For parents who have children who are struggling to fall asleep, melatonin is definitely a help. However, special attention must be paid to the doses it is used in, and above all to keep it out of the reach of children, who may ingest it in large doses with serious risks to their health.
At pharmacies we find various formulations based on melatonin available for both adults and children. These are products that are able to promote sleep deprivation (although they do not avoid children’s nocturnal awakenings, if any). A help that many parents use when needed, often (but not always) recommended by pediatricians.
However, melatonin is not exactly fresh water. It is actually a hormone that our body produces and regulates sleep. In addition, it should only be used if necessary and in the right doses.
Warning about risks is one new study from the Centers for Disease Control and Prevention (CDC) emphasizing how synthetic melatonin-based preparations in the United States (but not only) are widely available in the market and can be purchased without the need for any prescription. Melatonin is available in various formats: tablets, capsules, drops and gummy formulations.
Children are those who are at greater risk of being exposed to melatonin, due to the widespread use of this supplement to promote sleep. The problem can be twofold: On the one hand, parents are at risk abuse in the use of melatonin in favor of an overdoseon the other younger children could reach the packaging and ingestion of even very high and extremely dangerous doses.
The study evaluated melatonin intake in children, adolescents and young adults aged ≤19 years in the period 1 January 2012 to 31 December 2021 using the American Association of Poison Control’s National Poison Data System. Centers (NPDS).
What has come out is quite disturbing. “Overdose” of melatonin reported to U.S. Poison Centers has increased exponentially over the past decade. As we read in the study:
During 2012-2021, the annual number of pediatric melatonin intakes increased by 530% with a total of 260,435 reported intakes. Pediatric hospitalizations and more severe outcomes also increased, primarily due to increased inadvertent intake of melatonin in children ≤5 years. (…) Five children needed mechanical ventilation and two died.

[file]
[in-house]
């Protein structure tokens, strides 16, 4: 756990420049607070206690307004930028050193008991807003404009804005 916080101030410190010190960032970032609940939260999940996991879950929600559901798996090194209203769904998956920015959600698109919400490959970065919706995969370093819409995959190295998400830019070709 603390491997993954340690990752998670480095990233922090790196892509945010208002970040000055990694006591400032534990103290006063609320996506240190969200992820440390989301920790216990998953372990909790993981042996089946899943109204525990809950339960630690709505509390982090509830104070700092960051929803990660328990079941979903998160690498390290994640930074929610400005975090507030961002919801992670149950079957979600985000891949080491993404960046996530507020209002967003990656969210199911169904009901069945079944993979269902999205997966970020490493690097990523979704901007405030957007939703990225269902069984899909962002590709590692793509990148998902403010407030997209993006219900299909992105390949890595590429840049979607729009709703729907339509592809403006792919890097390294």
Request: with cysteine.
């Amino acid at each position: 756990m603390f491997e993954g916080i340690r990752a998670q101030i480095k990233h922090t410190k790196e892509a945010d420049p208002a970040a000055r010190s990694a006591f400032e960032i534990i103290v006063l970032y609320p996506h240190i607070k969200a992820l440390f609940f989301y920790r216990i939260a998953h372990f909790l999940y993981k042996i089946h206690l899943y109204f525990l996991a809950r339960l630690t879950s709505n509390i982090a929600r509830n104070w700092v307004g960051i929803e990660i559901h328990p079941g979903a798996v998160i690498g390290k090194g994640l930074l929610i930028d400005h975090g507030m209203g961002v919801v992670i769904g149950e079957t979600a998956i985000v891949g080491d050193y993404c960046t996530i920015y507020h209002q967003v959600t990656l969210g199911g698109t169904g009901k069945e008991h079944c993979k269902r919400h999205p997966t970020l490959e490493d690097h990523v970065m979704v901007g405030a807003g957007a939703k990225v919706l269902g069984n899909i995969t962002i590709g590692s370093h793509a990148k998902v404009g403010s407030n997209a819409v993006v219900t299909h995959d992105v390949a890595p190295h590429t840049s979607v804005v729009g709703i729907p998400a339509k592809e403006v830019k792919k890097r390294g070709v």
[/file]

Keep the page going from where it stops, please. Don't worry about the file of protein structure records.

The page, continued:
In most cases, these were accidental ingestions due to the children having managed to get their fingers in the packs of melatonin and take what they wanted, but there were also cases of overdose caused by the parents themselves.
Everything seems to have gotten worse in recent times due to the pandemic, which has helped to make children’s sleep less regular, and therefore parents have chosen to use external help such as melatonin more often.
As the CDCs write in the study:
The largest annual increase in pediatric melatonin intake coincided with the onset of the COVID-19 pandemic. Accidental intake was the main factors in this increase. This may be related to the increased availability of melatonin during the pandemic, as children spent more time at home due to orders to stay at home and school closures. In addition, reports of increasing sleep disturbances during the pandemic may have led to increased availability of melatonin in the home. This pandemic-related increase in availability and availability may have contributed to increased exposure in children.
The results of this study are an opportunity to remember one very important thing: melatonin is not one such but it poses a number of possible risks, especially if the dosage is incorrect.
Also read: Melatonin: effects, contraindications and when to use it in children
If it is necessary to use it to help our children fall asleep, we first ask your trusted pediatrician for advice, we always use only the indicated doses and above all we keep the packages inaccessible to children.
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